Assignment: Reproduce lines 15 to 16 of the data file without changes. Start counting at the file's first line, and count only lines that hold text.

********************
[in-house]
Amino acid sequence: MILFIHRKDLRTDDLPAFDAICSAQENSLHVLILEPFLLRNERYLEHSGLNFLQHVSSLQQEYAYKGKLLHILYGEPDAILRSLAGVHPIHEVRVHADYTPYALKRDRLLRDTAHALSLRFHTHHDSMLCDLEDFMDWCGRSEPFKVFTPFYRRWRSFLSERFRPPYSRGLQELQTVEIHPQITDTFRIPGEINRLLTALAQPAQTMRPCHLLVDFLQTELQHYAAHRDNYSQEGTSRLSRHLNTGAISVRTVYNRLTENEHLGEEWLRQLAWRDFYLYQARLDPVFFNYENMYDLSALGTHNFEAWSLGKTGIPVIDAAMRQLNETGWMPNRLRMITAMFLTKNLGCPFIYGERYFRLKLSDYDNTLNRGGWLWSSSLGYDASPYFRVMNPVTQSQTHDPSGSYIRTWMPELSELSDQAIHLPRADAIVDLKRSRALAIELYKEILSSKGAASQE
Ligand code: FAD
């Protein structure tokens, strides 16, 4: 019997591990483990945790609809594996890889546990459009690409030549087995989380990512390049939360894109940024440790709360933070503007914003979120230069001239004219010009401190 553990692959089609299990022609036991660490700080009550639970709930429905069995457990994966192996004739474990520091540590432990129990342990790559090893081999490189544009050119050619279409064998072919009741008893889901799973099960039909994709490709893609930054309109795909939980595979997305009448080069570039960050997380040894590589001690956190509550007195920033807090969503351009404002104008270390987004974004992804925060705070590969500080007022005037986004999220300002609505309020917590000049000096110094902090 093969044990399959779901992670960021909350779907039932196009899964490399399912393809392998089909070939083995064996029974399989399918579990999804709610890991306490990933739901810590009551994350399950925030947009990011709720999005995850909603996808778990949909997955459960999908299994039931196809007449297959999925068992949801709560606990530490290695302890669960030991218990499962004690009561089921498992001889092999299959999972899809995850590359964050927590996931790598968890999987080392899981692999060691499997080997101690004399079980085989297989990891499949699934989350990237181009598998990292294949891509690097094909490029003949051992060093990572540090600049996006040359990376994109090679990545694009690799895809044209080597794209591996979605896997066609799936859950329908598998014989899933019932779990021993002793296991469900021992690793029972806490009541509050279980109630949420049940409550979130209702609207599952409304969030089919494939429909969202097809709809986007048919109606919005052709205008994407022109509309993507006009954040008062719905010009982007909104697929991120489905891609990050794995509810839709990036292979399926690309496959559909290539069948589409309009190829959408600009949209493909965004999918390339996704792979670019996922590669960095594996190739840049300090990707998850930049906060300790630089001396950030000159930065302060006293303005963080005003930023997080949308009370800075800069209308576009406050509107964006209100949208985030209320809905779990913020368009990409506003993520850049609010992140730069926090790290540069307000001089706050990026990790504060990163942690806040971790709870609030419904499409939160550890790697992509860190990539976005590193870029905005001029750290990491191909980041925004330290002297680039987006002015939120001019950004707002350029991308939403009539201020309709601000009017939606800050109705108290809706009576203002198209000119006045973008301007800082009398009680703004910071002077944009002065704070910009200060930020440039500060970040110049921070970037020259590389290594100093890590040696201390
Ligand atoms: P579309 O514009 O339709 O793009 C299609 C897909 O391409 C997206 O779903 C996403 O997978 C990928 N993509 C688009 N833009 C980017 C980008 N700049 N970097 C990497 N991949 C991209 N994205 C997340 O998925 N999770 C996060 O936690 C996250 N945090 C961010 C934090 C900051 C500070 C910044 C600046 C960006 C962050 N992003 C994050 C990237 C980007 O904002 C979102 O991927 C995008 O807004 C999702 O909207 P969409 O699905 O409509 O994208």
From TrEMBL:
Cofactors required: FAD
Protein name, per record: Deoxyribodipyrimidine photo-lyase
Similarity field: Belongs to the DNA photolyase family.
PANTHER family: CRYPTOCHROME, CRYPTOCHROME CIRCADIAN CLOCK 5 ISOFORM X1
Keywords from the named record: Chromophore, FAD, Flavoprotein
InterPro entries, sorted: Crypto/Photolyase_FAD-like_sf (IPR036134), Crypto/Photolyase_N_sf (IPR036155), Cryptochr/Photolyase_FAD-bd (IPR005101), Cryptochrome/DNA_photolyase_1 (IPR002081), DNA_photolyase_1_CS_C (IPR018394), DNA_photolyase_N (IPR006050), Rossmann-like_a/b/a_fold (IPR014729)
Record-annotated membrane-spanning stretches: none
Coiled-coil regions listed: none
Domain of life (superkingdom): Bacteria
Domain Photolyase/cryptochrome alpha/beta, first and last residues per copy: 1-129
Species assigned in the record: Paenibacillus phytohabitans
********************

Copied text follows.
Domain of life (superkingdom): Bacteria
Domain Photolyase/cryptochrome alpha/beta, first and last residues per copy: 1-129